The paper provides novel theoretical and experimental perspectives on the functioning of linguistic vagueness as an implicit persuasive strategy. It presents an operative definition of pragmatically marked vagueness, referring to vague expressions whose interpretation is not retrievable by recipients. The phenomenon is illustrated via numerous examples of its use in predominantly persuasive texts (i.e., advertising and political propaganda) in different languages. The psycholinguistic functioning of vague expressions is then illustrated by the results of a self-paced reading task experiment. Data showing shorter reading times associated with markedly vague expressions as compared to expressions that are either (a) lexically more precise or (b) made precise by the context suggest that the former are interpreted in a shallow way, without searching for and/or retrieving exact referents. These results support the validity of a differentiation between context-supported vs. non-supported vague expressions. Furthermore, validation of using marked vagueness as a persuasive implicit strategy which reduces epistemic vigilance is provided.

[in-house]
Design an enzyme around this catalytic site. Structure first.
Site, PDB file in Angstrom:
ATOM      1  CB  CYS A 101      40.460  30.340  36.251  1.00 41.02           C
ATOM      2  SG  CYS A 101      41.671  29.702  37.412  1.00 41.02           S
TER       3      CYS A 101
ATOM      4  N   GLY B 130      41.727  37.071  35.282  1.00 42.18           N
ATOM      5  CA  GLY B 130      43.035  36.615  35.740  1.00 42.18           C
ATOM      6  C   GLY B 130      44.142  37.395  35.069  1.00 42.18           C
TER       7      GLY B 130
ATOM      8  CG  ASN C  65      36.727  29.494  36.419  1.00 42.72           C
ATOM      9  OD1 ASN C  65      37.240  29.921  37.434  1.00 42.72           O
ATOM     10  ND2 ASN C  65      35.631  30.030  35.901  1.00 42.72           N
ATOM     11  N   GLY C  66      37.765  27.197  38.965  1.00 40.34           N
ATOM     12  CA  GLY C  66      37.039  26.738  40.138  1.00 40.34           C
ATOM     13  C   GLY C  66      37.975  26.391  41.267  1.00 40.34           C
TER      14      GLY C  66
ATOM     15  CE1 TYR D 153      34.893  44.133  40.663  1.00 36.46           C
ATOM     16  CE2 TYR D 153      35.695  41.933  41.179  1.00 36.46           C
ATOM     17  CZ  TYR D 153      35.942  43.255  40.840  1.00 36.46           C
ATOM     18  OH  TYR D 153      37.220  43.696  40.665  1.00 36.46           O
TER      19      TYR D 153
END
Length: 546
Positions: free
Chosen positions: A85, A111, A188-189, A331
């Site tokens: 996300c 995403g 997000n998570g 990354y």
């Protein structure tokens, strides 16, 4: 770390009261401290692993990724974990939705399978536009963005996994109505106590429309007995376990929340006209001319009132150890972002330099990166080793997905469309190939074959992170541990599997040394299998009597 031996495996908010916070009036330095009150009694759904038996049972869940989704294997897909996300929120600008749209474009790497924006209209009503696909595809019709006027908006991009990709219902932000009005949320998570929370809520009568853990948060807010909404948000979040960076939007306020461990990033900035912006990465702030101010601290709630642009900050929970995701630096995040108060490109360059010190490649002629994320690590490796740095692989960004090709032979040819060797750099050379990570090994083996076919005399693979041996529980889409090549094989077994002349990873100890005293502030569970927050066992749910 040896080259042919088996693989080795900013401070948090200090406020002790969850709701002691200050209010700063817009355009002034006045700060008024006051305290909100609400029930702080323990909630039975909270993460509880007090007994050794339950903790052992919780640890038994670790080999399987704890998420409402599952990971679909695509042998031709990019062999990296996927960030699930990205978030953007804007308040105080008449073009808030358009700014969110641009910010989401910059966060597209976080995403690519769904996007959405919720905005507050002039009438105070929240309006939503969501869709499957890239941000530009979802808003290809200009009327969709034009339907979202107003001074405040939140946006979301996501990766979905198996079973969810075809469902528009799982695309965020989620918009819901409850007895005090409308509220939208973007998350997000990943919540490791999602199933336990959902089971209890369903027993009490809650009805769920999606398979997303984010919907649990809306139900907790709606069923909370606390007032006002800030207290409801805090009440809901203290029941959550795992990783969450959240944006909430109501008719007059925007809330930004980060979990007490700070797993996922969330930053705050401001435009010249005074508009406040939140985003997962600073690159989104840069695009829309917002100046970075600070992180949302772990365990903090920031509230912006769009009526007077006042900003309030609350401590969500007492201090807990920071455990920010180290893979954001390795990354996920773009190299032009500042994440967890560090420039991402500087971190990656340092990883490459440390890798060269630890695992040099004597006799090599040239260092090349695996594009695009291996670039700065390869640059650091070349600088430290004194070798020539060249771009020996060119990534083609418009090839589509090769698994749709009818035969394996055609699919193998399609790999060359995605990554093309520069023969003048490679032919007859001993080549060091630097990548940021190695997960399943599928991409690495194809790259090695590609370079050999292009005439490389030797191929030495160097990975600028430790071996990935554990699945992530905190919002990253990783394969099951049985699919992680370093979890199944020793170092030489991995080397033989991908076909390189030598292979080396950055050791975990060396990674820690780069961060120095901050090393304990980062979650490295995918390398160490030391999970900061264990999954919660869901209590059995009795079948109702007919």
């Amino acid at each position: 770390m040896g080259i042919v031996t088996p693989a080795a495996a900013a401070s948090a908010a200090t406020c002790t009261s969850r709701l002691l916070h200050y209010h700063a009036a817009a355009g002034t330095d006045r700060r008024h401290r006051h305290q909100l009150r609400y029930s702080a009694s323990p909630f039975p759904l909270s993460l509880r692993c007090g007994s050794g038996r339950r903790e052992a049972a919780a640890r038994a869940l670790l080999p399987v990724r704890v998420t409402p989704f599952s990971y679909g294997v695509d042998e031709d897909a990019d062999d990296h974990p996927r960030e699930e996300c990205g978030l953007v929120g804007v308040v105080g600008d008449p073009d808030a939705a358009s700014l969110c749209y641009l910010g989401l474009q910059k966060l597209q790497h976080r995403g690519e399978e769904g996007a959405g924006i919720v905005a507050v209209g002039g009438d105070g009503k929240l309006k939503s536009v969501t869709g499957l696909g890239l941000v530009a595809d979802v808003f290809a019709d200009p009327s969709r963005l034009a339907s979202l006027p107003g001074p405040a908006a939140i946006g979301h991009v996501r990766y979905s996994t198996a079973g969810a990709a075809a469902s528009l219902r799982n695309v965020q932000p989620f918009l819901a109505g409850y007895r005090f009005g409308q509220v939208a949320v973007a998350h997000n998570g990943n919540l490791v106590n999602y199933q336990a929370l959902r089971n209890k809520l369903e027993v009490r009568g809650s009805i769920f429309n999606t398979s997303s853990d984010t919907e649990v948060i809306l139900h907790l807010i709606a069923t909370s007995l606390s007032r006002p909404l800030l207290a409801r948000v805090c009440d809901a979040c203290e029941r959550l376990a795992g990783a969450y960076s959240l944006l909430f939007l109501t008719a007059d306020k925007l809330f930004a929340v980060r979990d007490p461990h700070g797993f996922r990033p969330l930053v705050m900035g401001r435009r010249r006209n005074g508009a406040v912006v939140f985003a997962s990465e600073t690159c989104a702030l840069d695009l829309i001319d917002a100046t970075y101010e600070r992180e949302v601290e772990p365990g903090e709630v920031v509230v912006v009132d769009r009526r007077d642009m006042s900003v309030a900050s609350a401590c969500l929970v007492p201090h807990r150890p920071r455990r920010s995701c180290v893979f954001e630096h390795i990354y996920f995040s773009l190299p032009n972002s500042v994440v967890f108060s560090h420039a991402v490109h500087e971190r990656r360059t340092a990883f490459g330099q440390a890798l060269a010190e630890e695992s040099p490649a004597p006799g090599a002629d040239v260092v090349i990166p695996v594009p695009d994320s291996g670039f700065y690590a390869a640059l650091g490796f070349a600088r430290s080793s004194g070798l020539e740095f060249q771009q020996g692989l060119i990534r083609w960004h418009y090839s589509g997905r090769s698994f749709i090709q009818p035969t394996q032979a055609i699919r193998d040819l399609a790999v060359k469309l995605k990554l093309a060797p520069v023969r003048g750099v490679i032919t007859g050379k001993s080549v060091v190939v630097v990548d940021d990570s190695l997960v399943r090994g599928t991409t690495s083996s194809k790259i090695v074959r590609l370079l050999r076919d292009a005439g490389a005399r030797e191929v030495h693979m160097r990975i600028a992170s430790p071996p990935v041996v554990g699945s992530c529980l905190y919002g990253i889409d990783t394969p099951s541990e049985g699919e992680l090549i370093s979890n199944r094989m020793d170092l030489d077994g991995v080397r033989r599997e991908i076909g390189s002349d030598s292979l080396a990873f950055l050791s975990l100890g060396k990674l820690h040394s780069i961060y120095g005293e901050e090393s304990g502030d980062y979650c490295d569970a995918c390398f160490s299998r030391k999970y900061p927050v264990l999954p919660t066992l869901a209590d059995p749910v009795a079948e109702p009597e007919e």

Mannaioli, G., Ansani, A., Coppola, C., Lombardi Vallauri, E. (2024). Vagueness as an implicit-encoding persuasive strategy: an experimental approach. COGNITIVE PROCESSING [10.1007/s10339-023-01171-z].